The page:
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Index Implementations with Symbol Tables

For many apps we want a search structure simply to help us find items, without moving them around. For example, we might have an array of items with keys, and we might want the search method to give us the index into that array of the item matching a certain key. Or we might want to remove the item with a given index from the search structure but still keep it in the array for some other use. An important feature of this approach is that it allows the client to maintain extra arrays (extra information associated with each node) to be added without the symbol-table code being changed at all. When the search routine returns the index for an item, it gives a way to access immediately all the information associated with that item, by using the index to access an appropriate array.

String-index ADT

This ADT describes an essential operation for strings: build an index (preprocess a text string) such that, given a query string, we can quickly search the text for the query. We normally specify that search should return -1 if the query string is not found in the text; otherwise it should return the text index where it found a match.

class TI // ADT interface { // implementations and private members hidden TI(String) int search(String) } 


In , we considered the advantages of processing index items in priority queues, referring to data in a client array indirectly. For symbol tables, the same concept leads to the familiar index: a search structure external to a set of items that provides quick access to items with a given key. In , we shall consider the case where the items and perhaps even the index are in external storage; in this section, we briefly consider the case when both the items and the index fit in memory.

We can adapt any symbol-table implementation to build indices in precisely the same manner as we provided indirection for heaps in : pass an array of items to the constructor and redefine less and equals to refer to items through their indices. This solution is straightforward and useful, but leave it for exercises (see Exercises 12.50 through 12.52).

We consider instead an important special case: implementing an ADT to provide keyword searching in a string of text, as specified in Program 12.11. Given a text string, we want to support queries of the form: "Is this query string found in the text string?" We will be considering several versions and implementations of this kind of ADT in Part 6; for this section, we assume that the text is huge and that we are willing to spend some time preprocessing it (in the constructor) so as to be able to quickly respond to queries (see Screenshot).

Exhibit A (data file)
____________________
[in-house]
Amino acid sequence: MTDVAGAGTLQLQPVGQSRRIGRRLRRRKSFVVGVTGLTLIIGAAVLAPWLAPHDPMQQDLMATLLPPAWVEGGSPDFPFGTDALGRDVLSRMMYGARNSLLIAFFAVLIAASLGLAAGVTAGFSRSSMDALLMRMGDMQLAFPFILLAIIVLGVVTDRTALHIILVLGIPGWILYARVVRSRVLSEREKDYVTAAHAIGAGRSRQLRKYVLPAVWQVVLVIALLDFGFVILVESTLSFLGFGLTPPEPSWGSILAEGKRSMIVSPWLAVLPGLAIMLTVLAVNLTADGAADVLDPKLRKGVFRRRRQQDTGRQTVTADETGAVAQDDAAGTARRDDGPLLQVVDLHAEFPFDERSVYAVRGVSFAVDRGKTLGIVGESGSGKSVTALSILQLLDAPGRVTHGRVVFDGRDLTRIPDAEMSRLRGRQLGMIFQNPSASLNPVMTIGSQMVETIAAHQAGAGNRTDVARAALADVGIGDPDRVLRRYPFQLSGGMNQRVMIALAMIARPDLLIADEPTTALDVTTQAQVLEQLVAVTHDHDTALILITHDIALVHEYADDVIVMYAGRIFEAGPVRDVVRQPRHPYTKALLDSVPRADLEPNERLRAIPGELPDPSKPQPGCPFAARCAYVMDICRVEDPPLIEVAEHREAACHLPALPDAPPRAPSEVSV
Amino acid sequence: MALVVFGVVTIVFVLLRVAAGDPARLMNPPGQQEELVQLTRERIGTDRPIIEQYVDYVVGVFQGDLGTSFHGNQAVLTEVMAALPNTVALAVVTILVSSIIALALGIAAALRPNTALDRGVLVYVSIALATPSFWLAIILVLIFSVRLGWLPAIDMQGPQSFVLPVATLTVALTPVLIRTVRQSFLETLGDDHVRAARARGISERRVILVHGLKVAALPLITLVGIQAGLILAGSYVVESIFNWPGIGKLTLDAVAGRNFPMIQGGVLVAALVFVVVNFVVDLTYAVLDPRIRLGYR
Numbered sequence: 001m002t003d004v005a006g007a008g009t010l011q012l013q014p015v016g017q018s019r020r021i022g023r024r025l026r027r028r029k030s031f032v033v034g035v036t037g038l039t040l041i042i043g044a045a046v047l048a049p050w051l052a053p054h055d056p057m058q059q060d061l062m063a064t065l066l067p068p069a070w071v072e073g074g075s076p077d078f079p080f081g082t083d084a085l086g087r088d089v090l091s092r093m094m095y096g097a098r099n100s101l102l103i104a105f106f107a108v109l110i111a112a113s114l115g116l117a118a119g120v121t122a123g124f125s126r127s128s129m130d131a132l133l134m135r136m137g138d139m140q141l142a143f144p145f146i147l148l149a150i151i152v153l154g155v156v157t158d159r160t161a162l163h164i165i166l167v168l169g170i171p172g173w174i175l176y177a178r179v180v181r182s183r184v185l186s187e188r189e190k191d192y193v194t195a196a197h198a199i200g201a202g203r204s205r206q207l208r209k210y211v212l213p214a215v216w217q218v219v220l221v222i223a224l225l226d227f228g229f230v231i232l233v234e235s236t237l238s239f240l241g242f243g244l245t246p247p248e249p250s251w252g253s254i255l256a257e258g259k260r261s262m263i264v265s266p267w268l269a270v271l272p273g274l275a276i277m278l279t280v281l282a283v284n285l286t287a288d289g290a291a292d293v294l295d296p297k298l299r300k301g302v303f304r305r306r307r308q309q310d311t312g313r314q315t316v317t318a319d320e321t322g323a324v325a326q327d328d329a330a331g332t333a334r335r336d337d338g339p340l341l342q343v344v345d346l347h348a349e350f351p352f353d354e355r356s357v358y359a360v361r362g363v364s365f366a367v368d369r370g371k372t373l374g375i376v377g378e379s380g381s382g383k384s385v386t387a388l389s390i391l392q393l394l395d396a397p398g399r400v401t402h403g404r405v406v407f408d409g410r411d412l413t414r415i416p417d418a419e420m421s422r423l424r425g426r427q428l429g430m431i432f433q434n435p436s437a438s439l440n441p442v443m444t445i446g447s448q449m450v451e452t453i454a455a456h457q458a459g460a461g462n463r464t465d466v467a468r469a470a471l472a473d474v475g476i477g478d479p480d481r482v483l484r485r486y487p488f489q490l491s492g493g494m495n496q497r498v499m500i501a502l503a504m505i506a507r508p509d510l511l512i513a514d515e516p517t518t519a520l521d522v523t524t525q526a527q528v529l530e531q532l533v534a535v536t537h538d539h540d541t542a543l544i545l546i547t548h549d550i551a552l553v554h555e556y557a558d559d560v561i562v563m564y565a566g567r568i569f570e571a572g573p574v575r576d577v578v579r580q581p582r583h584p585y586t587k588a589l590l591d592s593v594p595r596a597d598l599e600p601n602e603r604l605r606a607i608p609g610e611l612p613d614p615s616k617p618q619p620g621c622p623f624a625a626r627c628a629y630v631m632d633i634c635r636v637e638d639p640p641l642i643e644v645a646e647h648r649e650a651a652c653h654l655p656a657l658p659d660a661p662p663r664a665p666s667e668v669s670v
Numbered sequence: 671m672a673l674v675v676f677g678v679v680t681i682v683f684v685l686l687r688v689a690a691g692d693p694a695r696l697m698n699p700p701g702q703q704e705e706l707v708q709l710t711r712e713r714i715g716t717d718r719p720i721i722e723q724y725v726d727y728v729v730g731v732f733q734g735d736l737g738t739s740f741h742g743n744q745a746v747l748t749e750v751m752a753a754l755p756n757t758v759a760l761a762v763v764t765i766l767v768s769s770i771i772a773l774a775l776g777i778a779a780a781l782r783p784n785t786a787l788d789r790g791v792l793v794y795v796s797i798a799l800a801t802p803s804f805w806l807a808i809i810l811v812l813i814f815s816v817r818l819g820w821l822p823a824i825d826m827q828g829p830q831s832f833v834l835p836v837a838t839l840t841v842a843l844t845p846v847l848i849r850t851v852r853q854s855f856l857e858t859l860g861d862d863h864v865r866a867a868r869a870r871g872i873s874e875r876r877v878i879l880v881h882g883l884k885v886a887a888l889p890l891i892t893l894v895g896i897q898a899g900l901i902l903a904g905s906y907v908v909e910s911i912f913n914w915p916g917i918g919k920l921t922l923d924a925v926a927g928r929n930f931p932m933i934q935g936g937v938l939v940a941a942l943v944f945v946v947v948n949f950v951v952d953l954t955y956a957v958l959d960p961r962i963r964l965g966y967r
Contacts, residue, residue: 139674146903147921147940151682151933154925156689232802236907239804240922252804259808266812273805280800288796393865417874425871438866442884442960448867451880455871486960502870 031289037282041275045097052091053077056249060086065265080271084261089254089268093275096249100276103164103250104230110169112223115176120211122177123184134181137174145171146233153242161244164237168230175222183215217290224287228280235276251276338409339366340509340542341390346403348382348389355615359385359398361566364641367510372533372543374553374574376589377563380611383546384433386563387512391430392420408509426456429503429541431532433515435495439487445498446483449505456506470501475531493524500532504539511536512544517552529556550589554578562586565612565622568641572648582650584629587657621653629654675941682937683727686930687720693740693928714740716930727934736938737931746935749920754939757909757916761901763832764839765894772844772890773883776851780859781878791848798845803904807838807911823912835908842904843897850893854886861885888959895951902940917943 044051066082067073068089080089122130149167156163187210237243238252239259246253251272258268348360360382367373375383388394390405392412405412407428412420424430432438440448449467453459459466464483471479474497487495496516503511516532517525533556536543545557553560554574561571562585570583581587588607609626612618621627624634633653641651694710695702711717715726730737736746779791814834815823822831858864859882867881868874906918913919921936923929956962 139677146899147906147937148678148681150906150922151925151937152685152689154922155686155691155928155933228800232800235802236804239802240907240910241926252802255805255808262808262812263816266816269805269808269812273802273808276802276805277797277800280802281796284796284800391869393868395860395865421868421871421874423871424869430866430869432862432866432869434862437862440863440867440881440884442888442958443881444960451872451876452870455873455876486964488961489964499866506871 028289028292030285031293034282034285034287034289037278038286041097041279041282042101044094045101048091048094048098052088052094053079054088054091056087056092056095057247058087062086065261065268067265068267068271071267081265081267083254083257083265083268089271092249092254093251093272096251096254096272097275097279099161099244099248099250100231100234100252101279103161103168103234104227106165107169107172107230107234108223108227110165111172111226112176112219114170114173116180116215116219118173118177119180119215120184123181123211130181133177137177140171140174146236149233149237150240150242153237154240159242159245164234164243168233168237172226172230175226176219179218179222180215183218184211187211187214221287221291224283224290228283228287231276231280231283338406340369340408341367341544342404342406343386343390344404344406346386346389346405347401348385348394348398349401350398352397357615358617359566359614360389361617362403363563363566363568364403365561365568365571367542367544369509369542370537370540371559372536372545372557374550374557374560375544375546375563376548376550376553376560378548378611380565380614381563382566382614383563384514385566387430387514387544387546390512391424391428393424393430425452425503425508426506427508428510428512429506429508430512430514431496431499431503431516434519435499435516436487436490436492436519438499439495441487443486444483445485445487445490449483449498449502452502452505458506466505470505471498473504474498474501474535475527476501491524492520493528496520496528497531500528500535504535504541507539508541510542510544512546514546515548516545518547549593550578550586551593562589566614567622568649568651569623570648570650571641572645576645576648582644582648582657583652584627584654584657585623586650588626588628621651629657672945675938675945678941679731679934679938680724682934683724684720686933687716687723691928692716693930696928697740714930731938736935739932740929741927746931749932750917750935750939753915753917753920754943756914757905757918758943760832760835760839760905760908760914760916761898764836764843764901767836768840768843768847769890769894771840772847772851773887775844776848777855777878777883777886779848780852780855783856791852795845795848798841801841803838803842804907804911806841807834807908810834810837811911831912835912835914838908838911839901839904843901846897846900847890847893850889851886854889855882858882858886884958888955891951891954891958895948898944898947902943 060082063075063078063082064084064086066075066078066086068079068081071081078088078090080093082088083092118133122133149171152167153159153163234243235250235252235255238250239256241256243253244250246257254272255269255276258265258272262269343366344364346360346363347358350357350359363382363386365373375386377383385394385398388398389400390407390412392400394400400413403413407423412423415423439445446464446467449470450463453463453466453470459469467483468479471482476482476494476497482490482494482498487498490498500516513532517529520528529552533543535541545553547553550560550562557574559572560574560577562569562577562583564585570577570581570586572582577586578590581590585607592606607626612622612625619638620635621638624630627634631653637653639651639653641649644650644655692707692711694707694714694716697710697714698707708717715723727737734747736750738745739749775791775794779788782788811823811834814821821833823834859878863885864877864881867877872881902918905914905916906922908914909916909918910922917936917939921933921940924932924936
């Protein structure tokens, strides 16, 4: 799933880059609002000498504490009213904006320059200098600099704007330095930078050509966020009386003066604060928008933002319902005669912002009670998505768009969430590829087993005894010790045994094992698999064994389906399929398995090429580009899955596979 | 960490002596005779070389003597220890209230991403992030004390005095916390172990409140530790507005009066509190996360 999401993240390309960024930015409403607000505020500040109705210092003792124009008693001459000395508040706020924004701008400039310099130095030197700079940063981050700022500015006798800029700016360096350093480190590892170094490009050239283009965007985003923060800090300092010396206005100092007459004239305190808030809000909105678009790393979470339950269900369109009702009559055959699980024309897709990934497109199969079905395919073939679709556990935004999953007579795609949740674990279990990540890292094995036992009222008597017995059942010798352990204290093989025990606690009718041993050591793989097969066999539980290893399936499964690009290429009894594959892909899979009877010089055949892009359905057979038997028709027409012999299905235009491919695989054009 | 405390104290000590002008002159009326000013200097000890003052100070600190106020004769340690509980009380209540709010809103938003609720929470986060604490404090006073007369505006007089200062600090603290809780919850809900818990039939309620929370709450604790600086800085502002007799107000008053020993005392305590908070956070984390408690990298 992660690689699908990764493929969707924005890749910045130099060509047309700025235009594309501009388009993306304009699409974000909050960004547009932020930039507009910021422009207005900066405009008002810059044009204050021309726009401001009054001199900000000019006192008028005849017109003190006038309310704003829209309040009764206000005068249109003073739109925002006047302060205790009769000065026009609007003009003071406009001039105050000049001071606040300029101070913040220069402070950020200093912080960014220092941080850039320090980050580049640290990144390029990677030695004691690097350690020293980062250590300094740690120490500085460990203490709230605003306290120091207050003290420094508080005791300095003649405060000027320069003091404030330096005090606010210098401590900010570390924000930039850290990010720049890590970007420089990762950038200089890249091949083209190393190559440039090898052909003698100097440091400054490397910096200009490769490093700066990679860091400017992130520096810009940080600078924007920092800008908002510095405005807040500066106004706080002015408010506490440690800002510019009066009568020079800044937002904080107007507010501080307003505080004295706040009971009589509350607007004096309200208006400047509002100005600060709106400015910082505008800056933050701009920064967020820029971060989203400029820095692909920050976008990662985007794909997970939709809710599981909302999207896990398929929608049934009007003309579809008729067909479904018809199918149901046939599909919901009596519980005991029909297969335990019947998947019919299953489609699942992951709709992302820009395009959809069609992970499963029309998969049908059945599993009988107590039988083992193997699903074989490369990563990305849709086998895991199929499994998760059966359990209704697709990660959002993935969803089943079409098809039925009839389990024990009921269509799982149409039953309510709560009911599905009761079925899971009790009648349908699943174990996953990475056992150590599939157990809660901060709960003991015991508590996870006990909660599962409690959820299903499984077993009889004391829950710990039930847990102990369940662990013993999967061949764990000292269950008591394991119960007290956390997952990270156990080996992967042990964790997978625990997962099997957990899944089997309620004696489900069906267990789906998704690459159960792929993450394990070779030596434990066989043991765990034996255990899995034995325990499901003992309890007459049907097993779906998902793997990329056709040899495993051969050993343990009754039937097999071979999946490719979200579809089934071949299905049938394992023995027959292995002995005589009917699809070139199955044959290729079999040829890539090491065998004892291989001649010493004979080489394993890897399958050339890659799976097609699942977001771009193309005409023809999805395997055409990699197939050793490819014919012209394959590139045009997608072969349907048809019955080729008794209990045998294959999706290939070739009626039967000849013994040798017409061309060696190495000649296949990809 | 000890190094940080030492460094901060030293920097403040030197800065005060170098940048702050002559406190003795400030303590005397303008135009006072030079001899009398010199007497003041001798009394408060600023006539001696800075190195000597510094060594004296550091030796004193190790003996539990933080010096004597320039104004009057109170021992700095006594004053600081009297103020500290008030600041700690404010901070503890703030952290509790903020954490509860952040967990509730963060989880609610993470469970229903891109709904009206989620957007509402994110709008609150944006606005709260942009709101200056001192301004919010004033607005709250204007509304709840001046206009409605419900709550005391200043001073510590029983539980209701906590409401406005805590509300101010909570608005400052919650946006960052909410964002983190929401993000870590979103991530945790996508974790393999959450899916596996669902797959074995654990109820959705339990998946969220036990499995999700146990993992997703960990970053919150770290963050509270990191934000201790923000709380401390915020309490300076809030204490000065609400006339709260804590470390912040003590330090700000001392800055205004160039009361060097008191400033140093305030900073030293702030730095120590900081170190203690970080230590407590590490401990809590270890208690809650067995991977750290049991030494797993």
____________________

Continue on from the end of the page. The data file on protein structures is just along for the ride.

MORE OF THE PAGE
Screenshot Text string index

In this example of a string index, we define a string key to begin with each word in a text; then, we build a table with the indices appearing in order of the keys that they reference. The first entry, string index 27, refers to the string key that begins ago ...; the second entry refers to call ...; the third entry to how ...; and so forth. The we can use binary search on this table. For example, to find out whether the phrase never mind appears in this text, we compare with long... in the middle (string index 46 at position 4 in the middle of the index array), then we find a match in the middle of the right half (string index 31 at position 7 in the middle of the right half of the index array). We use word boundaries for clarity; our implementations typically define a new key starting at each character position. The keys are arbitrarily long in principle, but only a few leading characters are generally examined, in practice.

Java graphics 12fig05.gif


String-index client

This client uses an index to search in a text string for a sequence of strings from standard input. The main program reads the text from a specified file, puts it in a (potentially huge) String and builds an index from the substrings defined by starting at each character in the text string. Then, it reads query strings from standard input and prints a position where the query is found in the text (or prints not found). A naive index implementation would take time proportional to the length of the text, but we can use a symbol table to make the search fast, even for huge strings.